The UN Security Council on Friday decided to shut down a police mission in Haiti and replace it with a smaller UN political presence even as it admitted that the poor Caribbean nation faces major problems.
The 1,000-strong UN police force known as MINUJUSTH was deployed in 2017, replacing the full-fledged MINUSTAH peacekeeping mission, which was sent after a devastating 2010 earthquake.
MINUJUSTH will be gradually drawn down over the coming months and end on October 15, according to a US-drafted resolution that the council adopted on Friday.
The resolution was adopted by a vote of 13 in favor in the 15-member council. Russia and the Dominican Republic abstained.
UN Secretary-General Antonio Guterres was tasked with drawing up plans for the new political mission to take over in October to coordinate the work of UN agencies and cooperate with donors to help Haiti’s government.
Haiti is still recovering from widespread riots in February, when thousands of people took to the streets across the country — one of the world’s poorest — to demand better living conditions and the departure of the head of state.
A new prime minister, Jean-Michel Lapin, was confirmed by the Haitian lawmakers this week and will begin piecing together a government to confront the country’s problems.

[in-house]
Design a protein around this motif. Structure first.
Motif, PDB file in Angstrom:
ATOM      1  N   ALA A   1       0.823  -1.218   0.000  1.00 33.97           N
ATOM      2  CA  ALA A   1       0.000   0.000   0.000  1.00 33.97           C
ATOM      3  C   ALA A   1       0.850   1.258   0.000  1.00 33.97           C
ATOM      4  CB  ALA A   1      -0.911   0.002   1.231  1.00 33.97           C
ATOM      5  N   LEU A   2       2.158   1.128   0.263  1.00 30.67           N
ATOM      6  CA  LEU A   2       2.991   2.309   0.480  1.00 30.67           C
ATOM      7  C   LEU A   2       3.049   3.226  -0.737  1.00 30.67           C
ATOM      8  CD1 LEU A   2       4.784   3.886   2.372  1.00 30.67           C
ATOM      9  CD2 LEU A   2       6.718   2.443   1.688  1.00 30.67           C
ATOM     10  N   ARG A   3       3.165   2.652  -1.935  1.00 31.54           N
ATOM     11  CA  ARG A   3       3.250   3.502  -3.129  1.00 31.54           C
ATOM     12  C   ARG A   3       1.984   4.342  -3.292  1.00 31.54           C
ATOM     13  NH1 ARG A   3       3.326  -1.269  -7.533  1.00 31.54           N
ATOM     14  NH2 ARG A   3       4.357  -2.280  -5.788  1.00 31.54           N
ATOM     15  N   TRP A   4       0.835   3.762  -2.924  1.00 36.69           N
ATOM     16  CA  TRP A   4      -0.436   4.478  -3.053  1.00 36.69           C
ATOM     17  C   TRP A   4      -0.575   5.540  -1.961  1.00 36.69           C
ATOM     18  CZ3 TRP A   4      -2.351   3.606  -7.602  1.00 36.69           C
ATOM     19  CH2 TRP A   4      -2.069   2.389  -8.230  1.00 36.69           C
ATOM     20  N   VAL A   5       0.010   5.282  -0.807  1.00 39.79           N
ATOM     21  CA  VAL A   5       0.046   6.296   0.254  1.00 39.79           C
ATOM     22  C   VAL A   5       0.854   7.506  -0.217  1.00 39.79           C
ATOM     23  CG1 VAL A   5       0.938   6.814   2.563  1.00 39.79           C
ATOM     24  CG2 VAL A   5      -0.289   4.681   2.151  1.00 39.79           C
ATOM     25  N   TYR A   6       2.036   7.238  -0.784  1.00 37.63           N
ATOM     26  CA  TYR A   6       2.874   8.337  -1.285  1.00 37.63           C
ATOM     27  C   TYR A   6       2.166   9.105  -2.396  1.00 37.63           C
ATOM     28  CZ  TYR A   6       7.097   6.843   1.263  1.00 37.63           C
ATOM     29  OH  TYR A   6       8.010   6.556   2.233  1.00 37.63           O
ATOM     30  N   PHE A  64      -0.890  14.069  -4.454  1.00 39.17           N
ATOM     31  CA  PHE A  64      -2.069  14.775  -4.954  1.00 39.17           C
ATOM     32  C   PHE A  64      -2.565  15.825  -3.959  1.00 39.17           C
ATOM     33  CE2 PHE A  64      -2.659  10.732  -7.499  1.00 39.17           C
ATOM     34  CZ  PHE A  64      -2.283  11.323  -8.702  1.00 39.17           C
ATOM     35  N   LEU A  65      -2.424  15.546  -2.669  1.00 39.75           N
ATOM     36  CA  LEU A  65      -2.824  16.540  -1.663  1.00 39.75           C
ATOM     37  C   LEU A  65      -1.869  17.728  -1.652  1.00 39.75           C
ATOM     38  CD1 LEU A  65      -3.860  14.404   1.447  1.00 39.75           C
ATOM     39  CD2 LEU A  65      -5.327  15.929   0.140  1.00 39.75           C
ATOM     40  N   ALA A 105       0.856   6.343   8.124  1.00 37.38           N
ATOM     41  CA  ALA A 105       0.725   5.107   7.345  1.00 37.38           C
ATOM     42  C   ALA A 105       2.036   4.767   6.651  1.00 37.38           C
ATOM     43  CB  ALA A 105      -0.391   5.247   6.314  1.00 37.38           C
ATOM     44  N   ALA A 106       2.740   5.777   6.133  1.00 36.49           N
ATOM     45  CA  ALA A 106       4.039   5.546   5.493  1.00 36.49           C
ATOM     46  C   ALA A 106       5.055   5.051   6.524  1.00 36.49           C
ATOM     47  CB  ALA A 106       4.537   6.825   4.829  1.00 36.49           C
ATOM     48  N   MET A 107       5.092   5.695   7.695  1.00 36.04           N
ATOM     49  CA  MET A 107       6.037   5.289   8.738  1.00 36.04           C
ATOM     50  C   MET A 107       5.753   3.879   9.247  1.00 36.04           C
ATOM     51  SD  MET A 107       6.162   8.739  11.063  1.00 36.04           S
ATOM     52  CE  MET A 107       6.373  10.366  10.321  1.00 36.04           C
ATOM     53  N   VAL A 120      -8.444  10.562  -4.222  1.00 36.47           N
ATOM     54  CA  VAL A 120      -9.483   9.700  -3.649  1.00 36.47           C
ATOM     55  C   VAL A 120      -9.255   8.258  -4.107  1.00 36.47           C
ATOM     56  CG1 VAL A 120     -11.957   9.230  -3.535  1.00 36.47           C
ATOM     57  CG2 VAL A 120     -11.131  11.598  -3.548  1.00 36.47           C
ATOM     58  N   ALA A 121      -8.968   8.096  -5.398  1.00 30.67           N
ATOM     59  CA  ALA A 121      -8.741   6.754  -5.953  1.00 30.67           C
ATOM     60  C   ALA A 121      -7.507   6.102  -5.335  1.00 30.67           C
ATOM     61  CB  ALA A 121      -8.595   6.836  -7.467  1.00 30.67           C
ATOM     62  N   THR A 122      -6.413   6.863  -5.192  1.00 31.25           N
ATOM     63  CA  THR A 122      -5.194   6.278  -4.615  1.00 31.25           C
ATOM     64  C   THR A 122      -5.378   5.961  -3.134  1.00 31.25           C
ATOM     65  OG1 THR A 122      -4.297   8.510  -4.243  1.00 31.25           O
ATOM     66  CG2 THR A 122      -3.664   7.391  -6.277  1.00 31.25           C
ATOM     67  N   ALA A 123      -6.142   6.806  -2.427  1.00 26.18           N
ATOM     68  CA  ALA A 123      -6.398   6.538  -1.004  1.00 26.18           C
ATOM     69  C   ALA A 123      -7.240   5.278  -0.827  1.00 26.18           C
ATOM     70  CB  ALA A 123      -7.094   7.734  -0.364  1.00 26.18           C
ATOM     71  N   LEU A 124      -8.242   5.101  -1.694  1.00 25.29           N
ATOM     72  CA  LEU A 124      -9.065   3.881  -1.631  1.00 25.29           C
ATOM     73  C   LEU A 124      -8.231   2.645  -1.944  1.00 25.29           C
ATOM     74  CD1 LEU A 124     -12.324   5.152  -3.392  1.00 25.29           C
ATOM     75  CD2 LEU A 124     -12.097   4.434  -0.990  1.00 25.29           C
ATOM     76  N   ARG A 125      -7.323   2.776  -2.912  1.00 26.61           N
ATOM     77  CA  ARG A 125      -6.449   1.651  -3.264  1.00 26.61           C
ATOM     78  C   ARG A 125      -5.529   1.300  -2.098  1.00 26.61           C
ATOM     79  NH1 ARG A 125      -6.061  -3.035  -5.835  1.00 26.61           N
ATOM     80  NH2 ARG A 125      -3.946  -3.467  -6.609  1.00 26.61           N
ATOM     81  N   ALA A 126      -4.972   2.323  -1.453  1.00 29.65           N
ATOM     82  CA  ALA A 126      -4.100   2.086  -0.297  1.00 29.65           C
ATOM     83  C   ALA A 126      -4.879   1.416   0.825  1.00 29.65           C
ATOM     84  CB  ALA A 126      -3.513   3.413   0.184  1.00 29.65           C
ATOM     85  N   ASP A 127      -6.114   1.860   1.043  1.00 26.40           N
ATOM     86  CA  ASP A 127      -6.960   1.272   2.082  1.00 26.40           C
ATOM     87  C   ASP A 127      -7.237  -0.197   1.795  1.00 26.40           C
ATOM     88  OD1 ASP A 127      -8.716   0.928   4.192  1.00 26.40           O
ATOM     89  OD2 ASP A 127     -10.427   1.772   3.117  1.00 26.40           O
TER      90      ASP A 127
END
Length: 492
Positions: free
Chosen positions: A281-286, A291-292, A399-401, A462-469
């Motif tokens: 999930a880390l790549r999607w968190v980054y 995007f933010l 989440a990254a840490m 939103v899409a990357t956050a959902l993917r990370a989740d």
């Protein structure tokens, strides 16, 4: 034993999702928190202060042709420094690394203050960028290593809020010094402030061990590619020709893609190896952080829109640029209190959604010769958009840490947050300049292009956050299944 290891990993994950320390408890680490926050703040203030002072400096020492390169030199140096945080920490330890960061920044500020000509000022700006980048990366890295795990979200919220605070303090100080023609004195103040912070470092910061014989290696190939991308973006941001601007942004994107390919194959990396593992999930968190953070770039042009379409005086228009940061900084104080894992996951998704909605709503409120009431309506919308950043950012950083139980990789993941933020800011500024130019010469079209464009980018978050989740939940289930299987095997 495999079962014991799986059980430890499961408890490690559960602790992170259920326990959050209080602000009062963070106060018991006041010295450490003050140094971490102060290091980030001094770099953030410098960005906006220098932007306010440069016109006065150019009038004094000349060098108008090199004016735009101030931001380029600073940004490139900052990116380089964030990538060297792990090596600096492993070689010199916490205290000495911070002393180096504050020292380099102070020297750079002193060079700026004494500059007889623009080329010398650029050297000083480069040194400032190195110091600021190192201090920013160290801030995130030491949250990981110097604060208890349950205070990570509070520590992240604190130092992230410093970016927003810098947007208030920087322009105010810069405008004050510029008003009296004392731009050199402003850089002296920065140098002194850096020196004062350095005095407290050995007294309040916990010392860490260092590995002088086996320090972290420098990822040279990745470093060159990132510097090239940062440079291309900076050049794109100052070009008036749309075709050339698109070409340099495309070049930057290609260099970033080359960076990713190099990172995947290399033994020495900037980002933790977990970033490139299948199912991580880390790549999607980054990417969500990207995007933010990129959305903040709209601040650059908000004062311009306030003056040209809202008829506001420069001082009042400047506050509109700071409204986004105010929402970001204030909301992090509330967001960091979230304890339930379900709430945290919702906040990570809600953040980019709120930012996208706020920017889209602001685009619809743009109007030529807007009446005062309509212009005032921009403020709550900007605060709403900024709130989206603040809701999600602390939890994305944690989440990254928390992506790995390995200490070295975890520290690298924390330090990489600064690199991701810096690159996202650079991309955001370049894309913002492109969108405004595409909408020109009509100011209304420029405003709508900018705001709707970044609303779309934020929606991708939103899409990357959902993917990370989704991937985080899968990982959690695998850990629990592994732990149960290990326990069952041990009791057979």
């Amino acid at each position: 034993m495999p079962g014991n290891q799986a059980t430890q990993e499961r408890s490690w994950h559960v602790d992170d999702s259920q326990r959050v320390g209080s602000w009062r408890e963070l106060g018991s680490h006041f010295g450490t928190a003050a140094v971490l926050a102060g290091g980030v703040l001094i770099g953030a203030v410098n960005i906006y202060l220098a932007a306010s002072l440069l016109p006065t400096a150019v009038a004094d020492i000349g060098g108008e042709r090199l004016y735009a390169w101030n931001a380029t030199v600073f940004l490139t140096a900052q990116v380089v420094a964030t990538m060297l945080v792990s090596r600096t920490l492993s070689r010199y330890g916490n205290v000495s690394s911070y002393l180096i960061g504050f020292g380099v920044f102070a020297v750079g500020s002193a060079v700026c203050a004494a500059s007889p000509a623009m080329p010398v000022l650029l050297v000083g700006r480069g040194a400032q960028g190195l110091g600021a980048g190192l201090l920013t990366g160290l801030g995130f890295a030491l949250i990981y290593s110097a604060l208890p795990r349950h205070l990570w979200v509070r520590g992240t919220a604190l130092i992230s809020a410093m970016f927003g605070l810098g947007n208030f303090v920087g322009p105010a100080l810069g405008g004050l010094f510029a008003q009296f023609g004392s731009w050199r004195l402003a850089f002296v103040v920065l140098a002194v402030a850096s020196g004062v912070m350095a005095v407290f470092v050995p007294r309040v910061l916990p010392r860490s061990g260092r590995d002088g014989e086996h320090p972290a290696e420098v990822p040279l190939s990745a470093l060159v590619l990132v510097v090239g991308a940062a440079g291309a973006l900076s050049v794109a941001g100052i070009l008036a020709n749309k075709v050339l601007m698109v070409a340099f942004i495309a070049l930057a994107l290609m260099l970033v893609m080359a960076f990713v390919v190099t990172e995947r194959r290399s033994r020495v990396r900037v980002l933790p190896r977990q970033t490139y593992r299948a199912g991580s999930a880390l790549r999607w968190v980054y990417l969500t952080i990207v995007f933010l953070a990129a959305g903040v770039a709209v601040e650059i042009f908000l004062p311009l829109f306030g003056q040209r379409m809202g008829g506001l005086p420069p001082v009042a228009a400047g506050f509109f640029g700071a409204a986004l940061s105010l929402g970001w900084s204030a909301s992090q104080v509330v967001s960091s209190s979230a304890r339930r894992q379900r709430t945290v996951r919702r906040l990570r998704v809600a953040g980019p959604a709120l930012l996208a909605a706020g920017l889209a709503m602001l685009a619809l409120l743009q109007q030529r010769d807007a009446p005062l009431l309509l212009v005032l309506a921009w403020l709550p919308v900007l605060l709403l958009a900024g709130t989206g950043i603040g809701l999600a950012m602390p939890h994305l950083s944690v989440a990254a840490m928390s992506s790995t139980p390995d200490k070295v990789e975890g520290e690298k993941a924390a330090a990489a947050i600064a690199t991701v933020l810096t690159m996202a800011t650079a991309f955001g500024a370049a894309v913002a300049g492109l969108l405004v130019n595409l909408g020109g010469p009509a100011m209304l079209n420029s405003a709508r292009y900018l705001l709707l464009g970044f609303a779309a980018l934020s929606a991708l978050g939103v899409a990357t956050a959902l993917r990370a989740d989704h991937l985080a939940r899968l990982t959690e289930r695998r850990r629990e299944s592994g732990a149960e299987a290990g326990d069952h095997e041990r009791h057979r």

US Acting Ambassador Jonathan Cohen said the resolution marked the end of UN peacekeeping in Haiti afer more than 15 years.
The five police units that make up the mission will hand over all security responsibilities to the Haitian national police.
“Now is the time for the government of Haiti to step up and assume this responsibility,” Cohen told the council.
The Dominican Republic, which shares the island of Hispaniola with Haiti, abstained from the vote, citing concerns over upcoming elections in Haiti.
“MINUJUSTH will come to an end at the same time as elections are held in Haiti, a moment that can always augur for instability,” said the Dominican Republic’s envoy Jose Singer.
In the resolution, the council acknowledged that Haiti faces “significant challenges” and expressed concern over the rise in gang violence.
The larger full-fledged peacekeeping mission, which shut down in 2017, had fallen out of favor with Haitians after infected UN peacekeepers from Nepal introduced cholera.